We were invited to this event by Nadine Hay Pisani, author of the best-selling series “Happier than a Billionaire.” (Corissa has shared some of Nadine’s postings on facebook. Her blog is: Corissa’s first introduction to Nadine was in January 2013, after Corissa booked her first-ever flight to CR. Nadine captures her readers with vivid memories of what it was like for her and her husband Rob to search for a different way of living, which led them to CR seven years ago. She has since written about their life here in CR, and her newest book about “escaping” from North America. Corissa has been in touch with Nadine via facebook for over a year now…Nadine was instrumental in us even thinking about living here in CR – even if it’s just for a few months at this juncture in our lives. It was fabulous to finally meet this little dynamo and her husband in person! 🙂 Rob was actually part of the main attraction for the music party. He belted out songs as if he was born for the stage. Both are so friendly and welcoming, and we look forward to getting to know them better as time goes on.

It was also at this event that we met, face-to-face, Chad & Elizabeth – another couple with whom Corissa has been in touch online. (Their blog is: We hit it off superbly – so much so that we actually spent most of yesterday with them as well. They hail from the USA…and had originally chosen to be here in CR one year. Now that plan has become indefinite. As Rob and Nadine, neither Chad or Elizabeth had been to Costa Rica before they decided to jump the North American ship and swim south. Their reason to do so? In one word: FREEDOM. Freedom from the tangles that North America offers, all the while disguising it as something highly desired: The American Dream. In a few days, they will be moving from their condo that’s about 25 minutes (by car) south of us to a place within about 45 minute walk from us – or 10 minute bus ride. We’re thrilled to have met them, and feel a sort of kinship with them and their sweet and rambunctious children.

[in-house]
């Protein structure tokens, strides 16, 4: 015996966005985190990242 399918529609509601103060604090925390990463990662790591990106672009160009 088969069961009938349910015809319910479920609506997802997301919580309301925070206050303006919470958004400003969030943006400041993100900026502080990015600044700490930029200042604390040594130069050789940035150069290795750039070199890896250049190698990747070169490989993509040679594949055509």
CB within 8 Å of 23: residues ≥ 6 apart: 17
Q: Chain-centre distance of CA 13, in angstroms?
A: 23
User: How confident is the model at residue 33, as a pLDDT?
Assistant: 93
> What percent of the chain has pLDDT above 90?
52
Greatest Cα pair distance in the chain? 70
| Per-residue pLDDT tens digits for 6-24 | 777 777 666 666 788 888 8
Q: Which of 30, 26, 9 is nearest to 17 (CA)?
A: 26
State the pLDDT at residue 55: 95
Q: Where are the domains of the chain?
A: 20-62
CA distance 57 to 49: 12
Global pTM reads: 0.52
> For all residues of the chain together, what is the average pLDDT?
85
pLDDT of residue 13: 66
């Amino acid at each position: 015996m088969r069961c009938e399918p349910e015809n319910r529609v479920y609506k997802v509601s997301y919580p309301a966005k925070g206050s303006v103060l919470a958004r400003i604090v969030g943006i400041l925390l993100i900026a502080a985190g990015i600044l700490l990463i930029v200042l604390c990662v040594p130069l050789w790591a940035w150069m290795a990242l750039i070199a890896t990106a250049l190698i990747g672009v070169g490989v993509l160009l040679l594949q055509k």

While searching for volunteer opportunities, we’ve met people from Abriendo Mentes (, “a thriving non-profit organization providing area youth and adults with thousands of hours of English, technology and vocational classes each year, as well as diverse and engaging community enrichment and social programs.” We’ve hit a roadblock in working with the kids – we need criminal record checks, but as Canadians, cannot do so while already being abroad, as we need to physically be present in Canada to either pick up the completed record (through Winnipeg police services) or to be fingerprinted at a designated Canadian location (through the RCMP). But they’re looking into other ways we can serve the community of Potrero.

Jesse has started playing soccer with the local Ticos – they play every weekday (sometimes on the weekends) for a couple of hours, starting about an hour before and ending about an hour after sunset. The Ticos are EXCELLENT players, and the teams consist of boys around 12 years old to grown men. Jesse is exhausted when he’s done a game, yet so very happy in his spirit. It’s pretty special to walk the village during non-game time and have players recognize and greet him.

We’ve also met many many others – a lot by association.

In one short week, our relational gathering has been full and fulfilling – including between the two of us. In being intentional with each other and with outside relationships, we gather experiences and memories.

We are well on our way to reclaiming our stance as human “beings” instead of human “doings.”

(The pic is the view, with Zona in the shadows, from our outdoor living area where we sat to write the blog. Beautifully life-engaging.)